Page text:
In 2012, the Nobel Prize in Chemistry was awarded to Robert J. Lefkowitz, Howard Hughes Medical Institute/Duke University Medical Center, and Brian K. Kobilka, Stanford University School of Medicine, for “groundbreaking discoveries that reveal the inner workings of… G-protein-coupled receptors” (

G-protein-coupled receptors are a group of proteins consisting of seven transmembrane strands that connect receptors on the inside and outside of the cell membrane. These proteins serve the vital function of allowing communication between the intra- and extracellular environments. G-protein-coupled receptors represent the largest family of mammalian proteins, and their dysfunction is at the core of a number of pathologies (Signal Transduct Target Ther 2021;6:7).

Structurally, G-protein-coupled receptors comprise three distinct portions: the transmembrane domain, which includes seven alpha-helices that span the lipid bilayer of the cell membrane; the extracellular or the N-terminal domain, consisting of three loops; and the intracellular or C-terminal domain, also consisting of three loops.

The extracellularly facing portions of G-protein-coupled receptors can be stimulated by a number of different stimuli, including proteins, gases, neurotransmitters, amino acids, metal ions, and even light (photons) (Curr Opin Struct Biol 2019;57:196-203). Upon stimulation, a change is induced in the shape of the protein. The change translates to an action within the interior-facing portion of the G-protein-coupled receptor.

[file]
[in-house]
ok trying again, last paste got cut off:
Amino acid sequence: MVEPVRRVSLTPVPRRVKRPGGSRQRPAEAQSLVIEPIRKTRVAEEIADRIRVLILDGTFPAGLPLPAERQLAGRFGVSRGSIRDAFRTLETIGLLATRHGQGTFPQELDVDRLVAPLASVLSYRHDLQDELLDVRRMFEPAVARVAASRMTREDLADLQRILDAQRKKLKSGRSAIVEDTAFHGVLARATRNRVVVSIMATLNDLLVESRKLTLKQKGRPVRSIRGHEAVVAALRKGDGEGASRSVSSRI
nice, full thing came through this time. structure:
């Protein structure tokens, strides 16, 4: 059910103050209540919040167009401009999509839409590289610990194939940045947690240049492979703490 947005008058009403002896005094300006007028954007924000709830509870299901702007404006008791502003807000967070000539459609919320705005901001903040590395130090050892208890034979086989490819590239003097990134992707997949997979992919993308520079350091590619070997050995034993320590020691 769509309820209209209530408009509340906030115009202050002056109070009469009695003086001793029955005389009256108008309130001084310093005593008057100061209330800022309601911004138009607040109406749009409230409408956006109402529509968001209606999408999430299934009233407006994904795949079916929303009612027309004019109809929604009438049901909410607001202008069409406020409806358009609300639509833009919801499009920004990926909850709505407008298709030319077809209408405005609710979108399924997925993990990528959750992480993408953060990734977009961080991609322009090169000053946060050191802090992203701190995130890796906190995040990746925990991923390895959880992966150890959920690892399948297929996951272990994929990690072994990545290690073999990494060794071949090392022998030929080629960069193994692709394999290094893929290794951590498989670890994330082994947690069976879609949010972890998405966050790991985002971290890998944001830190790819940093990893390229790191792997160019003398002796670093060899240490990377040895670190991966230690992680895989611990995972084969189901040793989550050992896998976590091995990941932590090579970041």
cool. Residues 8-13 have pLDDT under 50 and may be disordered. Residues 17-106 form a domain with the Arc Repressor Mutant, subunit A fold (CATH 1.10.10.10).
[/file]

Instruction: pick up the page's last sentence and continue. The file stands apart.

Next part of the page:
On the interior of the cell, the external signal can be coupled to different G proteins, or other proteins, termed arrestins, which can result in signaling via cyclic AMP (cAMP), inositol triphosphate, diacylglycerol, release of calcium ions, or the phosphorylation of protein kinases. This initial signaling by extracellular compounds is then translated to internal secondary signaling and ultimately leads to the physiological response.

The G-protein-coupled receptors present in humans are grouped into four different classes, based on their amino acid sequences: “A (rhodopsin), B (secretin and adhesion), C (glutamate), and F (Frizzled)” (Signal Transduct Target Ther. 2021;6:7; Nat Rev Drug Discov. 2019;18:59-82). So far, we have identified more than 800 human G-protein-coupled receptors. Of these, roughly 350 are deemed “druggable,” meaning that they are potential therapeutic targets. Nearly half of the druggable G-protein-coupled receptors have been validated as legitimate clinical targets.

More than 500 FDA-approved drugs currently target G-protein-coupled receptors. As of 2021, approximately 60 compounds are also currently undergoing evaluation in clinical studies as G-protein-coupled receptor-targeted therapies (Nat Rev Drug Discov 2019;18:59-82).

The opioid receptors are a group of class A G-protein-coupled receptors. There are three opioid receptor subtypes: delta (δ), kappa (κ), and mu (μ). Clinically, many opioid-based therapies selectively target the μ-opioid receptor. When activated, the μ-opioid receptor signals via the G-protein (Gαi/o and Gβγ complex) or β-arrestin (Trends Pharmacol Sci 2020;41:947-59). The Nobel Prize in Chemistry was awarded because Drs. Lefkowitz and Kobilka demonstrated how a ligand binds to the μ-opioid receptor can influence the balance between the drug effect coupled to the G-protein and the drug effect coupled to β-arrestin (Sci Signal 2021;14:677).